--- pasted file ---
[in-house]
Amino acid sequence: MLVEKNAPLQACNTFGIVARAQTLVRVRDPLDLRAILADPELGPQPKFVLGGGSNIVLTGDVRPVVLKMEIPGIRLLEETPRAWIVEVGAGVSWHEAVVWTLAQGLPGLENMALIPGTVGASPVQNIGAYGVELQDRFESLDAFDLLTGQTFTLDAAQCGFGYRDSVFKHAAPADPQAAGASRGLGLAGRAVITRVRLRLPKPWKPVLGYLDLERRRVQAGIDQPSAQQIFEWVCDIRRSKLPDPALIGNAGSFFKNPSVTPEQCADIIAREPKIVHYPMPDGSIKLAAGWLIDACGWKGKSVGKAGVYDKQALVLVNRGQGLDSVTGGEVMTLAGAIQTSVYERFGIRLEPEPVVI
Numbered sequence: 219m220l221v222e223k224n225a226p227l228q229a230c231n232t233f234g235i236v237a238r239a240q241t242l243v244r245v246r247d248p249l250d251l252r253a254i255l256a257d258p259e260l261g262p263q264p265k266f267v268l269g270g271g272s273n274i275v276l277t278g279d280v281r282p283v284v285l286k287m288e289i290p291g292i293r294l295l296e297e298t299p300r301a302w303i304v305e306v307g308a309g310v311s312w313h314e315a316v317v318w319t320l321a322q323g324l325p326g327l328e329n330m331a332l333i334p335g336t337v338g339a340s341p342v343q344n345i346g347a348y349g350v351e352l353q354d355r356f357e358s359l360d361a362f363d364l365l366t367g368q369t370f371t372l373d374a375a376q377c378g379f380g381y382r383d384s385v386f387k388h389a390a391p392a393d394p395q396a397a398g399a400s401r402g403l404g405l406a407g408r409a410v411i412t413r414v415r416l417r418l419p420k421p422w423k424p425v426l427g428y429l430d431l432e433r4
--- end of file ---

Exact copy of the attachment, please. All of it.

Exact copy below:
[in-house]
Amino acid sequence: MLVEKNAPLQACNTFGIVARAQTLVRVRDPLDLRAILADPELGPQPKFVLGGGSNIVLTGDVRPVVLKMEIPGIRLLEETPRAWIVEVGAGVSWHEAVVWTLAQGLPGLENMALIPGTVGASPVQNIGAYGVELQDRFESLDAFDLLTGQTFTLDAAQCGFGYRDSVFKHAAPADPQAAGASRGLGLAGRAVITRVRLRLPKPWKPVLGYLDLERRRVQAGIDQPSAQQIFEWVCDIRRSKLPDPALIGNAGSFFKNPSVTPEQCADIIAREPKIVHYPMPDGSIKLAAGWLIDACGWKGKSVGKAGVYDKQALVLVNRGQGLDSVTGGEVMTLAGAIQTSVYERFGIRLEPEPVVI
Numbered sequence: 219m220l221v222e223k224n225a226p227l228q229a230c231n232t233f234g235i236v237a238r239a240q241t242l243v244r245v246r247d248p249l250d251l252r253a254i255l256a257d258p259e260l261g262p263q264p265k266f267v268l269g270g271g272s273n274i275v276l277t278g279d280v281r282p283v284v285l286k287m288e289i290p291g292i293r294l295l296e297e298t299p300r301a302w303i304v305e306v307g308a309g310v311s312w313h314e315a316v317v318w319t320l321a322q323g324l325p326g327l328e329n330m331a332l333i334p335g336t337v338g339a340s341p342v343q344n345i346g347a348y349g350v351e352l353q354d355r356f357e358s359l360d361a362f363d364l365l366t367g368q369t370f371t372l373d374a375a376q377c378g379f380g381y382r383d384s385v386f387k388h389a390a391p392a393d394p395q396a397a398g399a400s401r402g403l404g405l406a407g408r409a410v411i412t413r414v415r416l417r418l419p420k421p422w423k424p425v426l427g428y429l430d431l432e433r4